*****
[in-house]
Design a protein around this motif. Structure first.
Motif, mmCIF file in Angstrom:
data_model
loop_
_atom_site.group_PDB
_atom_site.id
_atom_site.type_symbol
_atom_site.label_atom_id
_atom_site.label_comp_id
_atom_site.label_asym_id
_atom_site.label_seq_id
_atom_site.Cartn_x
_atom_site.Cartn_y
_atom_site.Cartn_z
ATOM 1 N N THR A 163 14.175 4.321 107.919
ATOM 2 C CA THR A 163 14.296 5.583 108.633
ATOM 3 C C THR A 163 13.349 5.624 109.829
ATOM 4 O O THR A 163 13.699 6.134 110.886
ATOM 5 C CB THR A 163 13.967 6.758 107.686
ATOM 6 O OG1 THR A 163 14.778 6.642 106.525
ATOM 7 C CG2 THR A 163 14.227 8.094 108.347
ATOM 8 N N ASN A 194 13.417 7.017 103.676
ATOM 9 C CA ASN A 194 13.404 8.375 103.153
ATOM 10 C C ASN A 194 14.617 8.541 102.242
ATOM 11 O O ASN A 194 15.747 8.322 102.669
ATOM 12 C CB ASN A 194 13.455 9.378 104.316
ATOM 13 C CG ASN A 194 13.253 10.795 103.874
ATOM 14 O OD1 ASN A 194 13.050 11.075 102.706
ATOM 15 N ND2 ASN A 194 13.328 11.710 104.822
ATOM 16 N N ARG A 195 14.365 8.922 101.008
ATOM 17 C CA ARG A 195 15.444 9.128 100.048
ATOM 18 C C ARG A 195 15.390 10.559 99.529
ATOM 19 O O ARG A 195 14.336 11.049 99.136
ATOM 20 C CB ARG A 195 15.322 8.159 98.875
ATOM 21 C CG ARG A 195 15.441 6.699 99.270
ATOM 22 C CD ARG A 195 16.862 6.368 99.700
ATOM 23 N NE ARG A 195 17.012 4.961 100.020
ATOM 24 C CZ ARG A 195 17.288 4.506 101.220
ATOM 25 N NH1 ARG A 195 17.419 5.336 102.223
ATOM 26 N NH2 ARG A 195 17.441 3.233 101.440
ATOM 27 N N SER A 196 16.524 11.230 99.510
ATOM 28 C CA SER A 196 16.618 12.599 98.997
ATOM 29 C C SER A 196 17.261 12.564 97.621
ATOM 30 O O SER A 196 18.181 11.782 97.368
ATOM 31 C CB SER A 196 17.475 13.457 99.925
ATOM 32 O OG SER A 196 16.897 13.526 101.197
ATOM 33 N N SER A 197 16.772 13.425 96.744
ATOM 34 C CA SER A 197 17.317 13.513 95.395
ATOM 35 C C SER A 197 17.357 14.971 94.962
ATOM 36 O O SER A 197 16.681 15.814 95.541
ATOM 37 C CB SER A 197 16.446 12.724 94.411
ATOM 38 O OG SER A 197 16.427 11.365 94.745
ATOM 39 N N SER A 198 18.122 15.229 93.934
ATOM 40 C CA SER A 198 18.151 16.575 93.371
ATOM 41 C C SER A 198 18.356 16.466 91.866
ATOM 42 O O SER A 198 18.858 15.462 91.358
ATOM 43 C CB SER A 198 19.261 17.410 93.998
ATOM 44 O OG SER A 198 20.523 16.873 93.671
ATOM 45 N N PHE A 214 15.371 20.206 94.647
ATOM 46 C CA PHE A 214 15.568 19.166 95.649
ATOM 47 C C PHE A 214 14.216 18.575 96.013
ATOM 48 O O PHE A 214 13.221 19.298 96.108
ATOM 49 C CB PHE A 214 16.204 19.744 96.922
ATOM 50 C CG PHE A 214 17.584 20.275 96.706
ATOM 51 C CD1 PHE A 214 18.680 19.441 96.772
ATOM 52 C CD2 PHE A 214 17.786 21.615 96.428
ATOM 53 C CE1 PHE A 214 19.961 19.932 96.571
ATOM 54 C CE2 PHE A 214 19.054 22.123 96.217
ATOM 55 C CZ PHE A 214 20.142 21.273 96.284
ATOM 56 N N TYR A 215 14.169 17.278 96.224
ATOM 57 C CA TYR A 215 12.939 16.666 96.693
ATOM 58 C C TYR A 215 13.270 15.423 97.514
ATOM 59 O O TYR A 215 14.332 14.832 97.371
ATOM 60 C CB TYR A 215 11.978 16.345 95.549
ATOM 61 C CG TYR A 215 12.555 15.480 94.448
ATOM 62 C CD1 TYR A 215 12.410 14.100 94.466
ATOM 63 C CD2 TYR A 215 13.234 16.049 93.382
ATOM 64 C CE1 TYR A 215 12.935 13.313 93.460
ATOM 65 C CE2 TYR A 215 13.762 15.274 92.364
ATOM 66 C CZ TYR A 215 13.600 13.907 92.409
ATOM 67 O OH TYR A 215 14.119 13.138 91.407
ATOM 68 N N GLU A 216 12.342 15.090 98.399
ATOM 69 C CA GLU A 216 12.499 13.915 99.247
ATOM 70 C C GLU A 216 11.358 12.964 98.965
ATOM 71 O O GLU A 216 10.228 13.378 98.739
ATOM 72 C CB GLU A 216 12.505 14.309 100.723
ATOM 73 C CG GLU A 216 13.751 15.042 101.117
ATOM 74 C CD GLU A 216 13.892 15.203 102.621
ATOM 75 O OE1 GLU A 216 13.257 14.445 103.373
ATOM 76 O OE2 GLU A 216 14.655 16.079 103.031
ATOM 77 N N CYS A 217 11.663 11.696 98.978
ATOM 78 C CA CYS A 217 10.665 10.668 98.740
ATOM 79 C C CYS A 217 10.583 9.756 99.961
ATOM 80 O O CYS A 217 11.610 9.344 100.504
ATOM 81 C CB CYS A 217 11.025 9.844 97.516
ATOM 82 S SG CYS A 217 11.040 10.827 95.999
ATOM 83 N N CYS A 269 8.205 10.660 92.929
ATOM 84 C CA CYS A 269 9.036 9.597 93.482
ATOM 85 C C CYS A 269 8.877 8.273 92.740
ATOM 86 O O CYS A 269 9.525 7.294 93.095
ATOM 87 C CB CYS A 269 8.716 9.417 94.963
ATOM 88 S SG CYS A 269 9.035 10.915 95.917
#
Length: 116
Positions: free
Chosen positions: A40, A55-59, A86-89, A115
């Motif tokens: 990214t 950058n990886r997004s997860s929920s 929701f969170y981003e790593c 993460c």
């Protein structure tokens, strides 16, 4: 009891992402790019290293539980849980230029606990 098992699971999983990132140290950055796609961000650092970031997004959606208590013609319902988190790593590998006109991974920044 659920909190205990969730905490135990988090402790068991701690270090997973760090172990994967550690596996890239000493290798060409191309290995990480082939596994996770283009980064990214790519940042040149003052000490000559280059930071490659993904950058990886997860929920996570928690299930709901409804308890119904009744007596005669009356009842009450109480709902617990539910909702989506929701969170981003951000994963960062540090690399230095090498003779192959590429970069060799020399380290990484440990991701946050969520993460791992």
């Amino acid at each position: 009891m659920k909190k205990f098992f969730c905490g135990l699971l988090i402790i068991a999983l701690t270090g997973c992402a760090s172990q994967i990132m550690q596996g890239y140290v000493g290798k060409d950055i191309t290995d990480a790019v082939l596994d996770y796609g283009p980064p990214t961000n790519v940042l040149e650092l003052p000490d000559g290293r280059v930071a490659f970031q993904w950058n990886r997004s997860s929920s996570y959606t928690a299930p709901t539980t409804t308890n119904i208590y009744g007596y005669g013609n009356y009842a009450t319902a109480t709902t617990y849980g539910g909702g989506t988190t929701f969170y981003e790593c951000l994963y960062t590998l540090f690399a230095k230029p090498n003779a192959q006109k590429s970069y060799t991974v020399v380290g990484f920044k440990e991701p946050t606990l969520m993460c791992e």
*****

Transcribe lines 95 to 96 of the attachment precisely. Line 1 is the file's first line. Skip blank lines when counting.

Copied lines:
ATOM 80 O O CYS A 217 11.610 9.344 100.504
ATOM 81 C CB CYS A 217 11.025 9.844 97.516